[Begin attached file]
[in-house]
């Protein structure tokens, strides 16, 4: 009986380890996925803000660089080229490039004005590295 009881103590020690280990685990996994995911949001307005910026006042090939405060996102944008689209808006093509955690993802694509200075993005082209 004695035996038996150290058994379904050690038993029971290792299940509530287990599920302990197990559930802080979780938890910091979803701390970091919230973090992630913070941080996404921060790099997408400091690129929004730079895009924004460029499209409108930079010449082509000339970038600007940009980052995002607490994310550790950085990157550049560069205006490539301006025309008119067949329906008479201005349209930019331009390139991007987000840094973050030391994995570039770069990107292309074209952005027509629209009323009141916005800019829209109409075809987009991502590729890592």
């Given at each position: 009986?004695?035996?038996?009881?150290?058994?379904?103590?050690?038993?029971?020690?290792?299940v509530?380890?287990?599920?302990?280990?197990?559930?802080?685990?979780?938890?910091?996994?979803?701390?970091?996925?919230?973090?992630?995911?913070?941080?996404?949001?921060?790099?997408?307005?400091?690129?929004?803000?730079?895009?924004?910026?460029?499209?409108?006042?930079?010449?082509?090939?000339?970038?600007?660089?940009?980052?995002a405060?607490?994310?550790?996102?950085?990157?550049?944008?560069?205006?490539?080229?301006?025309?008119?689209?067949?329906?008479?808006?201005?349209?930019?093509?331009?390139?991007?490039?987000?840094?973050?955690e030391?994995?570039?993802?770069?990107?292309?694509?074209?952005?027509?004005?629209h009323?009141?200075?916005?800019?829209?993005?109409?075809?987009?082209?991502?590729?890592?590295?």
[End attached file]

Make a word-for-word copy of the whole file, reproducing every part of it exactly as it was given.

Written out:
[in-house]
């Protein structure tokens, strides 16, 4: 009986380890996925803000660089080229490039004005590295 009881103590020690280990685990996994995911949001307005910026006042090939405060996102944008689209808006093509955690993802694509200075993005082209 004695035996038996150290058994379904050690038993029971290792299940509530287990599920302990197990559930802080979780938890910091979803701390970091919230973090992630913070941080996404921060790099997408400091690129929004730079895009924004460029499209409108930079010449082509000339970038600007940009980052995002607490994310550790950085990157550049560069205006490539301006025309008119067949329906008479201005349209930019331009390139991007987000840094973050030391994995570039770069990107292309074209952005027509629209009323009141916005800019829209109409075809987009991502590729890592």
């Given at each position: 009986?004695?035996?038996?009881?150290?058994?379904?103590?050690?038993?029971?020690?290792?299940v509530?380890?287990?599920?302990?280990?197990?559930?802080?685990?979780?938890?910091?996994?979803?701390?970091?996925?919230?973090?992630?995911?913070?941080?996404?949001?921060?790099?997408?307005?400091?690129?929004?803000?730079?895009?924004?910026?460029?499209?409108?006042?930079?010449?082509?090939?000339?970038?600007?660089?940009?980052?995002a405060?607490?994310?550790?996102?950085?990157?550049?944008?560069?205006?490539?080229?301006?025309?008119?689209?067949?329906?008479?808006?201005?349209?930019?093509?331009?390139?991007?490039?987000?840094?973050?955690e030391?994995?570039?993802?770069?990107?292309?694509?074209?952005?027509?004005?629209h009323?009141?200075?916005?800019?829209?993005?109409?075809?987009?082209?991502?590729?890592?590295?």